The union representing striking Dominion workers says it's filing a lawsuit against the Royal Newfoundland Constabulary for showing up to a picket line earlier this week.
Chris McDonald, the union's negotiator, said at a press conference Friday afternoon that he was at Weston Foods in Mount Pearl on Tuesday night when officers arrived.
"I spoke to the police and I can tell you, they did the best they could to intimidate myself and more importantly our members," said MacDonald.
"The actions of the RNC were heavy-handed, unnecessary and clearly violated the rights of these workers."
The union plans to file a statement of claim on Nov. 5, claiming the Charter rights of workers were breached.
The RNC told CBC News late Friday afternoon it would not comment on the union's charter challenge.
The incident happed Tuesday night, when officers came to a picket line formed by workers at Weston Foods in Donovans Business Park in Mount Pearl earlier this week.
MacDonald said on Tuesday night that police told him they were preparing to arrest people for blocking trucks exiting the property. He said he wasn't sure why police were enforcing an injunction that doesn't exist, but was told police were enforcing the Highway Traffic Act. The union said the picket line outside of the bakery was peaceful.
"We're in the driveway. We're not even on the road," MacDonald said at the time.
On Friday, lawyer Kyle Reese, one of the lawyers representing Unifor, explained why he's working on the case.
"The right to be able to peacefully picket as this union was doing … is a vitally important activity. It's an activity that's protected in the Charter of Rights and Freedoms," he said.
The police presence sparked backlash among politicians, with NDP Leader Alison Coffin blasting it as "an unnecessary use of police resources."
The day after officers were at the picket line, the RNC issued a statement that said "all communication with strike action leadership has been respectful" and the police force "remains focused on communication and education as it relates to public safety."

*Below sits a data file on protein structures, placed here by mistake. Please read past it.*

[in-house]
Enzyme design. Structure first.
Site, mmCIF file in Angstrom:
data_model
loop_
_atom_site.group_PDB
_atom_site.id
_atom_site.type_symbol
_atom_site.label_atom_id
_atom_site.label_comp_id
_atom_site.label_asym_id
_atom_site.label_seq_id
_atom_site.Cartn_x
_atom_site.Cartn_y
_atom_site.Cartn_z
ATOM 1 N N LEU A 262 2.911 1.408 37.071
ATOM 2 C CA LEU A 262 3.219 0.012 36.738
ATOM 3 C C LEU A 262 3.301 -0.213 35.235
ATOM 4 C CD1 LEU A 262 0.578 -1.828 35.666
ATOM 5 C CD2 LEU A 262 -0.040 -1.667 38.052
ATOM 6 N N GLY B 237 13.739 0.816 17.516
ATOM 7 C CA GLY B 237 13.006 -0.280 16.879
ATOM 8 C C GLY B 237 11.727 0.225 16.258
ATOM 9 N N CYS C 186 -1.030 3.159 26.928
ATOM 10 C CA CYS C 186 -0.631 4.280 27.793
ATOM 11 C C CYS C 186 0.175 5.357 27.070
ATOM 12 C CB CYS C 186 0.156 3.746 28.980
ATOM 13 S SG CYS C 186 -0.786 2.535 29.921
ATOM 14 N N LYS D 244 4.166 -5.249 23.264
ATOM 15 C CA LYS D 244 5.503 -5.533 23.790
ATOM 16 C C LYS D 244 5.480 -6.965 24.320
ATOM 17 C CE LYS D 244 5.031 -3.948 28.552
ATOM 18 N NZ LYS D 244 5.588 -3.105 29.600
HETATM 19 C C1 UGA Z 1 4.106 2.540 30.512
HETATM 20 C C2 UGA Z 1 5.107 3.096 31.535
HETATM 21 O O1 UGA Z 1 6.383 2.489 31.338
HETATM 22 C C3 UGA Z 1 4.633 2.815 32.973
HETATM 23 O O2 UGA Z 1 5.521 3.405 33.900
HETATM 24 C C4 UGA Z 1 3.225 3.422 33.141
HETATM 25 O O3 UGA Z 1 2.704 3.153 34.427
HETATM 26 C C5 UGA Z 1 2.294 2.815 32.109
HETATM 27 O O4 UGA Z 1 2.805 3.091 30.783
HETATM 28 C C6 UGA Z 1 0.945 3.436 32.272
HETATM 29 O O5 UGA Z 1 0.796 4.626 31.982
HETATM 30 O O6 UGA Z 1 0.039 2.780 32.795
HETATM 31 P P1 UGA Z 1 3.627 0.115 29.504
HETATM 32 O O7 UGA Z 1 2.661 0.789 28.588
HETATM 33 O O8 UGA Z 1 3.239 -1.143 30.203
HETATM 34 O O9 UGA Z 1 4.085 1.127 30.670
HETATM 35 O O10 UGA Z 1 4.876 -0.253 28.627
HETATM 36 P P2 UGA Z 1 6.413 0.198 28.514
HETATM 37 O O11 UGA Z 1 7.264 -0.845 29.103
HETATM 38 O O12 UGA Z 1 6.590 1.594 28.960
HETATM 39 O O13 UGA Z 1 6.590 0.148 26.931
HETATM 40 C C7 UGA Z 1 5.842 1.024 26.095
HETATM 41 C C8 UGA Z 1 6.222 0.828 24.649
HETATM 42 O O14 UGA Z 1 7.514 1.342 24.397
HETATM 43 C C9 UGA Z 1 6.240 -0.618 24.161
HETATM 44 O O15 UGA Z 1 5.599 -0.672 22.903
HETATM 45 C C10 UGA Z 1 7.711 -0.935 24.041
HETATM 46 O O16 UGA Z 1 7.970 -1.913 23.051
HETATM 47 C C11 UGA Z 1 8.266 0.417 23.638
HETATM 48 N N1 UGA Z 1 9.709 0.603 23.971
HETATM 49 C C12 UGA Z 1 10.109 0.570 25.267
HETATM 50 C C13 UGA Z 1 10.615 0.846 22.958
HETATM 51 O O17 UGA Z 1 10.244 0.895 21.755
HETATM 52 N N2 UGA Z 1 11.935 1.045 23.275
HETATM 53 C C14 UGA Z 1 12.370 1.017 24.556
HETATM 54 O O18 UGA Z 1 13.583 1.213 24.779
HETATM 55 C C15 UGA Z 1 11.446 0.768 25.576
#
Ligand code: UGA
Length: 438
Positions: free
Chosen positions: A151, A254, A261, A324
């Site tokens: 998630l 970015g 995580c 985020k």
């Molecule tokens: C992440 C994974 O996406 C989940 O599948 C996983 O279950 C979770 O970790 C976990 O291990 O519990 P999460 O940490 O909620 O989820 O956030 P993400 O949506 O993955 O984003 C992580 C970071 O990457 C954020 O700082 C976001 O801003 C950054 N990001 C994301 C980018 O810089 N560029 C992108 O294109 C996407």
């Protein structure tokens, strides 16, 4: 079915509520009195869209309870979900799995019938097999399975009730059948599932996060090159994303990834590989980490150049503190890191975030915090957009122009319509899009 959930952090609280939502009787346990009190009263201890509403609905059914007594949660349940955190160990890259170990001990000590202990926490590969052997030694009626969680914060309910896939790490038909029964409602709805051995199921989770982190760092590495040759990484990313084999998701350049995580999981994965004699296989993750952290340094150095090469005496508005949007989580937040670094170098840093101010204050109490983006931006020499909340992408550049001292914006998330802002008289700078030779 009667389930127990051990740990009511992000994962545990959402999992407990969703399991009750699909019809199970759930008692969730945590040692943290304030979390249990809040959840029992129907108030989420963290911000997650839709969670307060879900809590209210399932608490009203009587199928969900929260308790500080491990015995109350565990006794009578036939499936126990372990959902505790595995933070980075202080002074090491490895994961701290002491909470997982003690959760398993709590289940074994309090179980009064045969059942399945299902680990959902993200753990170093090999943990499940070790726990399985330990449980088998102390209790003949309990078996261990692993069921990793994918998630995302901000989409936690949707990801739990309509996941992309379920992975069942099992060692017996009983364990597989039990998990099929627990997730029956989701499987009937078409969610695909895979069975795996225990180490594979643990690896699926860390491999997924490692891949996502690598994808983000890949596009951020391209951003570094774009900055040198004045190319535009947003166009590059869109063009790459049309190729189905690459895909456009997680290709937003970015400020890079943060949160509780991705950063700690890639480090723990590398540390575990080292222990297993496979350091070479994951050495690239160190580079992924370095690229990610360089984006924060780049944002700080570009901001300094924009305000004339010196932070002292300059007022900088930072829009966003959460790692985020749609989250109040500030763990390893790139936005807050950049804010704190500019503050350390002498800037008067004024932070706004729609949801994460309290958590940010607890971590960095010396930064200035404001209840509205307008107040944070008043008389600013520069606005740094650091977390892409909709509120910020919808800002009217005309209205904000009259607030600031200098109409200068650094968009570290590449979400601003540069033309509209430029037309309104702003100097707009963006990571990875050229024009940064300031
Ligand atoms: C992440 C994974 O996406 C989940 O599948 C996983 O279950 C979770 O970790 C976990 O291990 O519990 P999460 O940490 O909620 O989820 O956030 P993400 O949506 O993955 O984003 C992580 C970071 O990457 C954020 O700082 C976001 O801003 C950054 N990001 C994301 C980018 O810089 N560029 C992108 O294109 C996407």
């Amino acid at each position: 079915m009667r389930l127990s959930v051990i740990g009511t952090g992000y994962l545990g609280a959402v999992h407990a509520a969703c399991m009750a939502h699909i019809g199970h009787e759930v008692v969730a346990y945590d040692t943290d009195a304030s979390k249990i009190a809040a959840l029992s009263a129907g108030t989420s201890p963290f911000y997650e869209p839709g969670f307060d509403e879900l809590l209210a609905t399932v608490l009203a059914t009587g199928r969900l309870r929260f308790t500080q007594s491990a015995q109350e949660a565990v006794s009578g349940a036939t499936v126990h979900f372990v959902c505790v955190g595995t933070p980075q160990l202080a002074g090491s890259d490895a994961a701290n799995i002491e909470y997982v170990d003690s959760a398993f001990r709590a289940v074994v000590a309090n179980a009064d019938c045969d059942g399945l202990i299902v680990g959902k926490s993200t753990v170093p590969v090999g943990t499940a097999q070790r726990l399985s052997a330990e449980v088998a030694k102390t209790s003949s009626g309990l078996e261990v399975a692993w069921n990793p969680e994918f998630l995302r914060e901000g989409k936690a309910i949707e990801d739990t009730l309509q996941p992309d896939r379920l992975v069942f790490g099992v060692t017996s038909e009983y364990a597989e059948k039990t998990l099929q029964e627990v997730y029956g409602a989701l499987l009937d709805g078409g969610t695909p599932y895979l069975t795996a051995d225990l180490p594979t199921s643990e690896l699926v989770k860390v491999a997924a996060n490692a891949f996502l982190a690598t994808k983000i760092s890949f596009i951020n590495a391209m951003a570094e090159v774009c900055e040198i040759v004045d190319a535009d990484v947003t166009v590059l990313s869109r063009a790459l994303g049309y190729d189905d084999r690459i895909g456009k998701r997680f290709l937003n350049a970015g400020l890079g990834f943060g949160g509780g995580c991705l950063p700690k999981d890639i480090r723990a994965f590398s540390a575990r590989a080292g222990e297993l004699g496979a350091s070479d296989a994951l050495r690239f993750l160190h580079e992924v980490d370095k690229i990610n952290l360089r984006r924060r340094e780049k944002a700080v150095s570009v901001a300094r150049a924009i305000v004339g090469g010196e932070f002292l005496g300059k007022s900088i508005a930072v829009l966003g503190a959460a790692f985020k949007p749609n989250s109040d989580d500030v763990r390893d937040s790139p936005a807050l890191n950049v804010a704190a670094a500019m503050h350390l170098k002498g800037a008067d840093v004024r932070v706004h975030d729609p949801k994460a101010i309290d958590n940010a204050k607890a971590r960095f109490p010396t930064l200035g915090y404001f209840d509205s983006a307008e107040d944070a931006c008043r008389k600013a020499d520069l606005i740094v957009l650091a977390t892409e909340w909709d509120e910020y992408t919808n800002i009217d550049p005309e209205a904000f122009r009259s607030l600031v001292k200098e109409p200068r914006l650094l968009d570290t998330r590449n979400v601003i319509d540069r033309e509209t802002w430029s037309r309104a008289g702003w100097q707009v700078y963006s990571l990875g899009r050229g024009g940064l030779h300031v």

Talks break down again between Loblaw, Unifor
The announcement that the union plans to file a lawsuit against the RNC comes on the same day talks broke down between Loblaw and Unifor.
On Friday, MacDonald said Loblaw proposed a four-year deal, instead of three years, but it "fell far short" of something workers would accept.
"The company refused to improve upon their three-year offer by one nickel," MacDonald said.
Some 1,400 workers have been on the picket lines since Aug. 22. With no tentative deal, the strike will continue and stores will remain closed.
"One day longer!" a worker shouted at Friday's news conference.
"One day stronger!" the crowd replied
Just two days ago, the two sides agreed to get back to the bargaining table, with a session planned for Thursday in St. John's, according to the union.
The main issues of contention continue to be the company ending the $2-an-hour wage increase for essential workers, implemented during the pandemic, and the push for more full-time jobs. The union says more than 80 per cent of Dominion workers are part time and 60 full-time jobs were converted into part-time positions last year.